“Historically MWBEs have been undercapitalized and you can’t explain that,” said MacFarlane, noting PPP didn’t reach many local MWBEs, whether through lack of wherewithal to apply or other contributing factors.

“Disproportionately, MWBEs received considerably less or nothing at all from those requests,” MacFarlane said.

As the pandemic drags on, the city sees the program as a matter of survival.

“For a small business, $2,500 could be a lifeline,” said city Affirmative Action Officer Ron Gardner. “It really makes a difference.”

Businesses can begin to apply in October. Those awarded funding will also receive training, including technical assistance and guidance in navigating the state’s social distancing requirements and mandates, which can be confusing for some.

Roy Vincent, owner of Roy’s Caribbean Restaurant, opted not to open the bar within his restaurant despite state restrictions being lifted in June, citing confusing and shifting mandates, including those related to serving food with alcohol.

Vincent recounted the all-too-familiar immediate plunge in business in mid-March, including a catering business that remains dried up as major downtown employers remain closed and the event industry inactive.

While apps like Grubhub and DoorDash have provided some degree of relief, using them has their perils.

Fees are high, and some users, Vincent said, have hatched scams that allow them to cancel their orders after receiving the food, a loophole that puts Vincent on the hook.

If awarded funding, Vincent aims to rehire staff and make long-needed repairs to his business on State Street, including a new roof.

“With winter coming again, it’s going to start leaking,” Vincent said.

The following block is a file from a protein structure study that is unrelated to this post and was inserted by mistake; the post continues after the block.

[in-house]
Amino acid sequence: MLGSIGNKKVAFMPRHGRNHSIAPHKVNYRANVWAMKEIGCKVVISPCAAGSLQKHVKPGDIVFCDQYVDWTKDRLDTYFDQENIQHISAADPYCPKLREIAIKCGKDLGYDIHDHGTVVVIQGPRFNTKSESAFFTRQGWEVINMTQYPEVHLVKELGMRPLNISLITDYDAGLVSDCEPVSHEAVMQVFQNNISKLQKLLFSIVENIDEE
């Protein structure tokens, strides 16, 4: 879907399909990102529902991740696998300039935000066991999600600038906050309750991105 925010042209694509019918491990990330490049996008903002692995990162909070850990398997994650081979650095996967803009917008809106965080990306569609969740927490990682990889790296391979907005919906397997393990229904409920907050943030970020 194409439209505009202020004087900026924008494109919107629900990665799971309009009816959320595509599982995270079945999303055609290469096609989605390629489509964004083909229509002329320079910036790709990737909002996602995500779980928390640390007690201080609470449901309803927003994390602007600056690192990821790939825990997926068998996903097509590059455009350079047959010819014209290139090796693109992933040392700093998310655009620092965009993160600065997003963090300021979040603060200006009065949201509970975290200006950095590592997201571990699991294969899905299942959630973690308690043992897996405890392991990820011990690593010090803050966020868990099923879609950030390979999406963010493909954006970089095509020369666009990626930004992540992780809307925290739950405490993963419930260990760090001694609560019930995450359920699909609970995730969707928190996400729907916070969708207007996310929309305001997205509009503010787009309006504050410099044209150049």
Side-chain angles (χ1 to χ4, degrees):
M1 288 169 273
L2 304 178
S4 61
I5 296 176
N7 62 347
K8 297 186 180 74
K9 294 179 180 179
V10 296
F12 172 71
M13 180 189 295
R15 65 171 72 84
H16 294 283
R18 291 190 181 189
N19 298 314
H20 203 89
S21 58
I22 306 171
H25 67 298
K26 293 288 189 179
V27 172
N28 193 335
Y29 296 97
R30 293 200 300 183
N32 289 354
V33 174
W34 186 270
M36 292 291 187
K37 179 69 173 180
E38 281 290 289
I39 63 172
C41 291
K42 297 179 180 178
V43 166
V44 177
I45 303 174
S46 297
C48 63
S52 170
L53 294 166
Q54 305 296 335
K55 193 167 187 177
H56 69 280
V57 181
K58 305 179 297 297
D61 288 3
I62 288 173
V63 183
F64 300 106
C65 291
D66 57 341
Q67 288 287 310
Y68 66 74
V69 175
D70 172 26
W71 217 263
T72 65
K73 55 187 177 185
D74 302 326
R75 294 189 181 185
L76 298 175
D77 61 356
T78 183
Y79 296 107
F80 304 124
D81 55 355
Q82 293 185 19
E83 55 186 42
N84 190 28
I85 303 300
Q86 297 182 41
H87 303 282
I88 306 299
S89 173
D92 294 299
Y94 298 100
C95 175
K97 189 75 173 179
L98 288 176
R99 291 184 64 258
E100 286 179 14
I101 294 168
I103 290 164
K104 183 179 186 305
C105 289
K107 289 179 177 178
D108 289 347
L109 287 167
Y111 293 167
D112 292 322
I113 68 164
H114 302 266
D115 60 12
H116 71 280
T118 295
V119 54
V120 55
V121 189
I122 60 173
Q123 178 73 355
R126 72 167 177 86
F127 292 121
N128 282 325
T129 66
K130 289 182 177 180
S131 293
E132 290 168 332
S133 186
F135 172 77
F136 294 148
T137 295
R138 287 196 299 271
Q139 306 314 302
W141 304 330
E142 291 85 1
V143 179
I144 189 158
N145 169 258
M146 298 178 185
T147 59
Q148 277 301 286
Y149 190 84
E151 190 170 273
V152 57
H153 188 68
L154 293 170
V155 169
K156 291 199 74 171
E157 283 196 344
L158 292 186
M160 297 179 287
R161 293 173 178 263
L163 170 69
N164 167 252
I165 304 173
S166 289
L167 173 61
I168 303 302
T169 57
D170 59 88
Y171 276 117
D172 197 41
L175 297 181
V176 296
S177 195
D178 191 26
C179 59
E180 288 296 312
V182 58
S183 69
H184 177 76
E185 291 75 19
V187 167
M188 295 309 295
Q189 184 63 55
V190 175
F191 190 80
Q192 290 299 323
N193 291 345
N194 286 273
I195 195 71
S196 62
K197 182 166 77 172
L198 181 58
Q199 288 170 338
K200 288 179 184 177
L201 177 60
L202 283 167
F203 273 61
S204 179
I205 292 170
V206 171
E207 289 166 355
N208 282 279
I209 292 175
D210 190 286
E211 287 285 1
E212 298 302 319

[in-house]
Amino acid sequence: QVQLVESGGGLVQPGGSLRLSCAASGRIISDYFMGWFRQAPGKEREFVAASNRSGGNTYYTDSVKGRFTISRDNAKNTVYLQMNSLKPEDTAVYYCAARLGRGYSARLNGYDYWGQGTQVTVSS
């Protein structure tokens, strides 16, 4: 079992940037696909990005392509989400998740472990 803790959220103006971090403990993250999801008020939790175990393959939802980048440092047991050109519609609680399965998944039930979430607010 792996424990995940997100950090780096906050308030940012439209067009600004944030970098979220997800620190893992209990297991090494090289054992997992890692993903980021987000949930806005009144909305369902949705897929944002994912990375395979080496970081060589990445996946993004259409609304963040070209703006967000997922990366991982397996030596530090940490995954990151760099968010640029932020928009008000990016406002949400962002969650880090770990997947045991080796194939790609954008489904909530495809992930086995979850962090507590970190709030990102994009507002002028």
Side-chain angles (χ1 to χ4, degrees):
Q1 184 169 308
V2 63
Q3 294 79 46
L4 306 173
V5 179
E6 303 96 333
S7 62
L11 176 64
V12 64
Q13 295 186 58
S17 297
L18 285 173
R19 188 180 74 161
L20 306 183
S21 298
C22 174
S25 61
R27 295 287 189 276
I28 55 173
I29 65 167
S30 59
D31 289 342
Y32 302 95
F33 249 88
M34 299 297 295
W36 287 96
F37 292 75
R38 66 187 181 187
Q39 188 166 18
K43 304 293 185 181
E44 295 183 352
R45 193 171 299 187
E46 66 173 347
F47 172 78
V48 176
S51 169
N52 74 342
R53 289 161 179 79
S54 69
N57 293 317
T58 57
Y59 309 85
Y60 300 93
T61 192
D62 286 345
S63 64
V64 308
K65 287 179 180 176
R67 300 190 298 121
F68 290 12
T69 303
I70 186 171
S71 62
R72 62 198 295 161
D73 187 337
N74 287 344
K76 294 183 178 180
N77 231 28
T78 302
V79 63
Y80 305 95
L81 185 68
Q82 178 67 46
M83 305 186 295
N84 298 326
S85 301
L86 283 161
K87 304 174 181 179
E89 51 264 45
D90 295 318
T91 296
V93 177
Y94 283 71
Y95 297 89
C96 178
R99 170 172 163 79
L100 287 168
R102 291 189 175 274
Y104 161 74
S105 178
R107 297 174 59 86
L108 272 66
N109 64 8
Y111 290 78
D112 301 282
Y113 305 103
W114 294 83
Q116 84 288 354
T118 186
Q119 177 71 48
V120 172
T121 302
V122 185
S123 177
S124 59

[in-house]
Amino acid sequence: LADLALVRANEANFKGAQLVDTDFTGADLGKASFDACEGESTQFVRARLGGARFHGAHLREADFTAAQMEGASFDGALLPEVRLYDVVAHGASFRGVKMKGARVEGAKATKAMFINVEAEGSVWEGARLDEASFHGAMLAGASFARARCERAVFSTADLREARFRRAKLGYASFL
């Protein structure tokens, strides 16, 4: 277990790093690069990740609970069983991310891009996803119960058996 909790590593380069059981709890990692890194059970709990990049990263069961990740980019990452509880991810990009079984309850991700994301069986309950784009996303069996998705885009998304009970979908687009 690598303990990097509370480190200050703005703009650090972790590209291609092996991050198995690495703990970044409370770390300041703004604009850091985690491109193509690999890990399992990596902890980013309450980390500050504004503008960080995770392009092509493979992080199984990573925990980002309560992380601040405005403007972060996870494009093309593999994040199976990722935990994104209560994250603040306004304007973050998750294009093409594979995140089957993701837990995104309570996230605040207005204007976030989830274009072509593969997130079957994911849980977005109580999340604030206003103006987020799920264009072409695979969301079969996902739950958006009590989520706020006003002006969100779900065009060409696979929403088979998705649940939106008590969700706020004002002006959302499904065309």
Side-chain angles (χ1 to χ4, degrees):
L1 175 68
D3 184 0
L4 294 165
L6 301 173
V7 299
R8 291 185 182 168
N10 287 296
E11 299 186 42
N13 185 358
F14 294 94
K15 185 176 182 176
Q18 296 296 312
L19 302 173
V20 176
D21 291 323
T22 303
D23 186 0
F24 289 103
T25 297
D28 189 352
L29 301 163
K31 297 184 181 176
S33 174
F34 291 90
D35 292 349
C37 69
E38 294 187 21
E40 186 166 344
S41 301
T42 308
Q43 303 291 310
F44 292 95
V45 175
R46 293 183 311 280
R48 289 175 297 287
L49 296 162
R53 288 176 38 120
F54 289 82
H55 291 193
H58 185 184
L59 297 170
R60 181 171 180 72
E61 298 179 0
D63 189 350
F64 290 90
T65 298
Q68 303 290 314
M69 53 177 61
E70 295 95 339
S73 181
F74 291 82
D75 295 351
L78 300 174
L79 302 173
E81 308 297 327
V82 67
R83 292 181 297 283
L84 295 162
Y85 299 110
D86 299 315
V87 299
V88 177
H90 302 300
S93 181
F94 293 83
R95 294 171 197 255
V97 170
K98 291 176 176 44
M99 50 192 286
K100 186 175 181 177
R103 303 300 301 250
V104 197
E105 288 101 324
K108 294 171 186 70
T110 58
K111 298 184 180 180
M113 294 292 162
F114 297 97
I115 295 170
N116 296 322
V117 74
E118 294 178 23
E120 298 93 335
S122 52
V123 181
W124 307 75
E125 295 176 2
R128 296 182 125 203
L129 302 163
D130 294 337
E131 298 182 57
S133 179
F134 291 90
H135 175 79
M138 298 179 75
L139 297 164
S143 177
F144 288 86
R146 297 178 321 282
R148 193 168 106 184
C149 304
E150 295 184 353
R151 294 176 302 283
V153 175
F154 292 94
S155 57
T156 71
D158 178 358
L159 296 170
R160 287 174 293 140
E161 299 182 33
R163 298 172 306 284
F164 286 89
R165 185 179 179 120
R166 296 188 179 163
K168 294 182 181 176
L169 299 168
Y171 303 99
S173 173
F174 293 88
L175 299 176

The Community Loan Fund will also help restaurants respond to pandemic-induced changes in the supply chain, including working with new vendors and helping them calculate how much food to order, a new challenge as concerns over food waste have taken on heightened sense of urgency with shrunken profit margins, an unpredictable customer base and sense of unease as cold weather sets in and experts warn of a spike in cases.

Businesses will also receive guidance in how to tap into additional state and federal funding streams as they become available.

Many didn’t apply for PPP because they didn’t have the resources to do so, including Molain Gilmore, owner of an asbestos remediation company.

The paperwork was just too intense, Gilmore said.

While her business, Greater Environmental Resources, has $80,000 in projects lined up, it’s on pause by clients who continue to harbor safety concerns.

“Our contract work is at zero,” Gilmore said. “We’re down at the bottom trying to get to the top.”

Walker, owner of the janitorial services company, hopes aid will be a new beginning and a life preserver until he begins several big projects, including clean-up at Yates Village, where the Schenectady Municipal Housing Authority is in the midst of major renovations.

“It would help me keep business open and help me get this thing off the ground,” Walker said.

Gardner sees the relief funds as just one component of his ongoing commitment to strengthen the city’s Black-owned businesses.

The funding stream joins legislation recently adopted by the City Council that raised the cap on the amount to which MWBEs can bid on city projects, a measure Gardner hopes will widen the playing field.

He hopes forging closer relationships with businesses will allow them to better tap into other opportunities that can benefit them.

“In the grand scheme of things,” Gardner said, “I see this as an opportunity to open the door to better engage with them.”